I have an ornamental well which was made for me as a gift. It has a working bucket and a slated roof. I’m delighted with it but there is a bit of a problem, several problems actually – there’s no drainage hole, it’s not sealed so isn’t watertight and in it’s current position, it’s canopy is shady enough but not a lot of sun gets to it anyway.
The colour of the wood has long since changed and is starting to look less suburban and more rustic. Although it looked nice with the flowers originally, it was sitting in the sun and it was filled with compost. I decided against that idea as I would prefer to preserve it from too much deterioration from constant dampness. For some reason, not even known to me, I don’t want a drainage hole in it. It’s not watertight but I don’t want water seeping out unnecessarily so I needed to find a way of keeping it dry.
If I leave something long enough, thoughts usually do come to me, some can even be quite sensible ones and in this case I found a plastic garden tub which was flexible enough to even loosely follow the shape of the well, but it’s about two inches higher than I needed. That is another case of indecision for me, trim the tub or keep it with handles? I started piling in bits of polystyrene for drainage, then an order from a gardening company arrived and included two plastic pouches which they assured me were window boxes.
This could be an answer to the problem, my well would become a S.I.P. (self irrigation planter). The ‘window boxes’ are a bit shallow and probably would be good for lining a trough but the top has holes which enable you to attach them to something if you don’t want it free-standing. They’re full of plant holes but my bright idea was to attach them around the inside perimeter of the well. There are two pouches and since one fits half the well, the two will be ideal. It would be exceedingly dry for the plants since I doubt I would remember to water them sufficiently and the canopy wouldn’t allow rain to reach them so I needed another solution. S.I.P.s are ideal and plants can be a bit more independent by allowing them to help themselves to a drink whenever they want it.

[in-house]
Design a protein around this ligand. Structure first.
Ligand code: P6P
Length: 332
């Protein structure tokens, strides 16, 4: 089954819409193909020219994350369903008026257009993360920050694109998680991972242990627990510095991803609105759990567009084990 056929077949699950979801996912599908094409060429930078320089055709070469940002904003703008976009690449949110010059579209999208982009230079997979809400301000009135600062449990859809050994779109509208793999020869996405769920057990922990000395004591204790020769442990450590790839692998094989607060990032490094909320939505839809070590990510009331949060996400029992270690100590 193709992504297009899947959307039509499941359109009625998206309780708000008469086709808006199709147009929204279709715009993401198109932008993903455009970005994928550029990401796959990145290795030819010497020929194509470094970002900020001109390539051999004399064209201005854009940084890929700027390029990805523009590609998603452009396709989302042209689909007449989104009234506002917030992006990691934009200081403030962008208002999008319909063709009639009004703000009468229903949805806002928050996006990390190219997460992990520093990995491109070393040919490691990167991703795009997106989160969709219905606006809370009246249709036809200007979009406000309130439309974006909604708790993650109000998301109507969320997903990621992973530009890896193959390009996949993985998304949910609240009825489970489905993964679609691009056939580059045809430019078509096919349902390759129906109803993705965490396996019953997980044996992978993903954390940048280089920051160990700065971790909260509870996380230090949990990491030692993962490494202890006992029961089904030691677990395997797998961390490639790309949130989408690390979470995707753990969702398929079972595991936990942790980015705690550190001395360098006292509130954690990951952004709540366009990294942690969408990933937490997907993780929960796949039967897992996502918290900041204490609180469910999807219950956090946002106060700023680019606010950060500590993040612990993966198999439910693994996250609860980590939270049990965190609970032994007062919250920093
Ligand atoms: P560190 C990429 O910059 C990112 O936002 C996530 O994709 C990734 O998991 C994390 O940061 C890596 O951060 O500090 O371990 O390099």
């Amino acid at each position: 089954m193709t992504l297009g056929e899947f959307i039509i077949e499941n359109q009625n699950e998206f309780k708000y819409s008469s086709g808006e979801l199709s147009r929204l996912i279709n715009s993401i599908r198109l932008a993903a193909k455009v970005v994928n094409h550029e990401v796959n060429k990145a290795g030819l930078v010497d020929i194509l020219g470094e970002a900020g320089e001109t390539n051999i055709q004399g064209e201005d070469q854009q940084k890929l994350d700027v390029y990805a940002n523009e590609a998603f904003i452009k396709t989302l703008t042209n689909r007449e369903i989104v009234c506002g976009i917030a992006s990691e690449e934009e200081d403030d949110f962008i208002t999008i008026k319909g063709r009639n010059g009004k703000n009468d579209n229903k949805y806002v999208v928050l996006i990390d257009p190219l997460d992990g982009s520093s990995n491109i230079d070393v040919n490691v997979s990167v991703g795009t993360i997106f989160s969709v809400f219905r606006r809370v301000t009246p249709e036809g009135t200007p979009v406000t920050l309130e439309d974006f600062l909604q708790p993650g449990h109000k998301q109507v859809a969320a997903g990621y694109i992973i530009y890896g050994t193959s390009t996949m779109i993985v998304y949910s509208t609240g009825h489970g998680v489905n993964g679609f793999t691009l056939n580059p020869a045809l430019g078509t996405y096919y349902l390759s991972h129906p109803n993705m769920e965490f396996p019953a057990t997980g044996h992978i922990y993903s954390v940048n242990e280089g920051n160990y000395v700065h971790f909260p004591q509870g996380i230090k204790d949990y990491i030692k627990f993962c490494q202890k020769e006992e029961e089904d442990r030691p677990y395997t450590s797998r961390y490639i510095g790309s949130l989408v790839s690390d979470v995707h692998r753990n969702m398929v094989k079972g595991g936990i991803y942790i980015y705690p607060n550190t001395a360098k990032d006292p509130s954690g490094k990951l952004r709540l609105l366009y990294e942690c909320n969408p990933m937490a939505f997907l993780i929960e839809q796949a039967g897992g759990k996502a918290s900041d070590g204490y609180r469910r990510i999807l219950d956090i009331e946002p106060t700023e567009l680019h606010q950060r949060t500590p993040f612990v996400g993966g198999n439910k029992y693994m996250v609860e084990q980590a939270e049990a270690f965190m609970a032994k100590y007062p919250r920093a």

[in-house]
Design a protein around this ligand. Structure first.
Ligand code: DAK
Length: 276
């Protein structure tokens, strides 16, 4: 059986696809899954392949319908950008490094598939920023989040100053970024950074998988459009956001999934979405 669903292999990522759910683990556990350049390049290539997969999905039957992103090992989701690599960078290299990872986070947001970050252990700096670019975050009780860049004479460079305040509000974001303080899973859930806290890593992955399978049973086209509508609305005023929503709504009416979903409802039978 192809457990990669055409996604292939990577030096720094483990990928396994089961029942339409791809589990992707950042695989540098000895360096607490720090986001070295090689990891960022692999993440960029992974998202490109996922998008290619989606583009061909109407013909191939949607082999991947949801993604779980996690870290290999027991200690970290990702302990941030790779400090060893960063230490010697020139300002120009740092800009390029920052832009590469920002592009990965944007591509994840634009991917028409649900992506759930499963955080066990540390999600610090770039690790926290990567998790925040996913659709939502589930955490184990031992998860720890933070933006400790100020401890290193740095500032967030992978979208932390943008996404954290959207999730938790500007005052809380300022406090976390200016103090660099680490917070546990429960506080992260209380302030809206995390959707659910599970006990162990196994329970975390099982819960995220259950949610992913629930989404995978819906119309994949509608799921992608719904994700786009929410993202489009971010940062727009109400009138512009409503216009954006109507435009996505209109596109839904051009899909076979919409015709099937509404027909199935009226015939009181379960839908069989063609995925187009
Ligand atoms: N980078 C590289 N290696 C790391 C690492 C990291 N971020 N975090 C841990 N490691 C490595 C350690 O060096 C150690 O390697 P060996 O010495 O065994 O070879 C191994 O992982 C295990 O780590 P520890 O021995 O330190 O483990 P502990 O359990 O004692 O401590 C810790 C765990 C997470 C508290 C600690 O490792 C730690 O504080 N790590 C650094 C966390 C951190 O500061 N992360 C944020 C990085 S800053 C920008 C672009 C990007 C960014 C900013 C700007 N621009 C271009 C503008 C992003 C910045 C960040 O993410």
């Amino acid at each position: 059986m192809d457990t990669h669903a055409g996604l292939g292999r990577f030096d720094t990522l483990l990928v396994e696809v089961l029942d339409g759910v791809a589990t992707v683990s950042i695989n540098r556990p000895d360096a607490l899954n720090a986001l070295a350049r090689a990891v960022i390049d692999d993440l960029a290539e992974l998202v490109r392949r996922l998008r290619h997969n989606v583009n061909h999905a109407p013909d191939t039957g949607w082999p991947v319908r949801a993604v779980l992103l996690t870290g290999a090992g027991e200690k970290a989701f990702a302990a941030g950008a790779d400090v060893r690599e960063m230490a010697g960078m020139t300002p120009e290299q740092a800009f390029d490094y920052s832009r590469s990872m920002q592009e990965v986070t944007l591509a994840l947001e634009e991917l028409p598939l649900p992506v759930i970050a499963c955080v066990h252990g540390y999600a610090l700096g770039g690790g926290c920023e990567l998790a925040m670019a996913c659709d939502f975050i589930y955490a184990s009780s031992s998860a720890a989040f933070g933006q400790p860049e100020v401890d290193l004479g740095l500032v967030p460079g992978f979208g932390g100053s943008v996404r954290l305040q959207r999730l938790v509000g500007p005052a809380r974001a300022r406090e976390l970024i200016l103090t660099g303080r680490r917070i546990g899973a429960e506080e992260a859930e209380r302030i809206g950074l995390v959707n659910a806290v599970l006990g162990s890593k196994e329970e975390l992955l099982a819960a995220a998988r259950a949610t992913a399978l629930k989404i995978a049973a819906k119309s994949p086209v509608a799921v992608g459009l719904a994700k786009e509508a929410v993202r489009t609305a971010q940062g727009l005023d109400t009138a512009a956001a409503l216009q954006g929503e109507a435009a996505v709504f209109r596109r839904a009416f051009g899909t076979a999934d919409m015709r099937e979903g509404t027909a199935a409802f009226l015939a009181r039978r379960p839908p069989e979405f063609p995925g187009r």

My green tub is waterproof and there are already holes in the planters so my answer is to wick them. The first pouch is in place hopefully and I’ve used strips of fabric to act as wicks. There are about 10 litres of water in the tub and being shaded from the sun, won’t be too quick to evaporate so there is a good chance I will remember to check the water level from time to time.
If it finally works out with the pouches, I will replace the string with something a bit more substantial and the little bucket will still be able to be raised and lowered, although it actually serves no useful purpose. However, I may also change my mind in the end and go back to filling it with compost, finding other ways of wicking and keeping a reservoir for the water.
Because I spend so much time outside and out of sight of visitors, I decided to put a bell at the front of my shed so that anyone wishing to speak to me can ring the bell instead of having to shout. This might also act as a rescue bell for my neighbour who has seven cats so if she loses one and hears the bell … “ding dong bell, pussy’s in the well” may be more of a reality than a nursery rhyme.
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